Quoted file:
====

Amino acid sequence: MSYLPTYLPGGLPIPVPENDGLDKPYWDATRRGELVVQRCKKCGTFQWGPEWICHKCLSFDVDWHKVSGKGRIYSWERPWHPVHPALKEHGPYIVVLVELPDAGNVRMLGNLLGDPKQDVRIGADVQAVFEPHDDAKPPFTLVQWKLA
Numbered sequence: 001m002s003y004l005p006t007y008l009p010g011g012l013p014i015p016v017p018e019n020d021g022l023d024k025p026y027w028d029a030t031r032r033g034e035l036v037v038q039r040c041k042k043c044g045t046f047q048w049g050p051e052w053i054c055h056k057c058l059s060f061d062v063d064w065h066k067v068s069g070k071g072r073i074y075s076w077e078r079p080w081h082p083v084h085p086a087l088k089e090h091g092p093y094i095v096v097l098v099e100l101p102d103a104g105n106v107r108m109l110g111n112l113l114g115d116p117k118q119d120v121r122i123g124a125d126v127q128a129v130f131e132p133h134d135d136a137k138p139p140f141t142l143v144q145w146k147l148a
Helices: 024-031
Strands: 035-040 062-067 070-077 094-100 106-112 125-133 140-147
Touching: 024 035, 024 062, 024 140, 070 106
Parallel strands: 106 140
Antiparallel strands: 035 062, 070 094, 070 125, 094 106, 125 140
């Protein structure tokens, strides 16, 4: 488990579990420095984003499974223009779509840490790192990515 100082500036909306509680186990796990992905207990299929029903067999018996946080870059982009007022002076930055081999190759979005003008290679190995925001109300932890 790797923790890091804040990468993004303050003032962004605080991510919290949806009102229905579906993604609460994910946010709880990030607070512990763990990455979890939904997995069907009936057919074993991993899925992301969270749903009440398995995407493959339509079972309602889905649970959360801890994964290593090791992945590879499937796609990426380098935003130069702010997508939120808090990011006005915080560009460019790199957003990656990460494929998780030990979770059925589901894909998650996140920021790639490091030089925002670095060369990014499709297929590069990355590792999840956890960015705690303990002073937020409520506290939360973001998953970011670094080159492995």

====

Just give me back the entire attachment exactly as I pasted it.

Amino acid sequence: MSYLPTYLPGGLPIPVPENDGLDKPYWDATRRGELVVQRCKKCGTFQWGPEWICHKCLSFDVDWHKVSGKGRIYSWERPWHPVHPALKEHGPYIVVLVELPDAGNVRMLGNLLGDPKQDVRIGADVQAVFEPHDDAKPPFTLVQWKLA
Numbered sequence: 001m002s003y004l005p006t007y008l009p010g011g012l013p014i015p016v017p018e019n020d021g022l023d024k025p026y027w028d029a030t031r032r033g034e035l036v037v038q039r040c041k042k043c044g045t046f047q048w049g050p051e052w053i054c055h056k057c058l059s060f061d062v063d064w065h066k067v068s069g070k071g072r073i074y075s076w077e078r079p080w081h082p083v084h085p086a087l088k089e090h091g092p093y094i095v096v097l098v099e100l101p102d103a104g105n106v107r108m109l110g111n112l113l114g115d116p117k118q119d120v121r122i123g124a125d126v127q128a129v130f131e132p133h134d135d136a137k138p139p140f141t142l143v144q145w146k147l148a
Helices: 024-031
Strands: 035-040 062-067 070-077 094-100 106-112 125-133 140-147
Touching: 024 035, 024 062, 024 140, 070 106
Parallel strands: 106 140
Antiparallel strands: 035 062, 070 094, 070 125, 094 106, 125 140
């Protein structure tokens, strides 16, 4: 488990579990420095984003499974223009779509840490790192990515 100082500036909306509680186990796990992905207990299929029903067999018996946080870059982009007022002076930055081999190759979005003008290679190995925001109300932890 790797923790890091804040990468993004303050003032962004605080991510919290949806009102229905579906993604609460994910946010709880990030607070512990763990990455979890939904997995069907009936057919074993991993899925992301969270749903009440398995995407493959339509079972309602889905649970959360801890994964290593090791992945590879499937796609990426380098935003130069702010997508939120808090990011006005915080560009460019790199957003990656990460494929998780030990979770059925589901894909998650996140920021790639490091030089925002670095060369990014499709297929590069990355590792999840956890960015705690303990002073937020409520506290939360973001998953970011670094080159492995």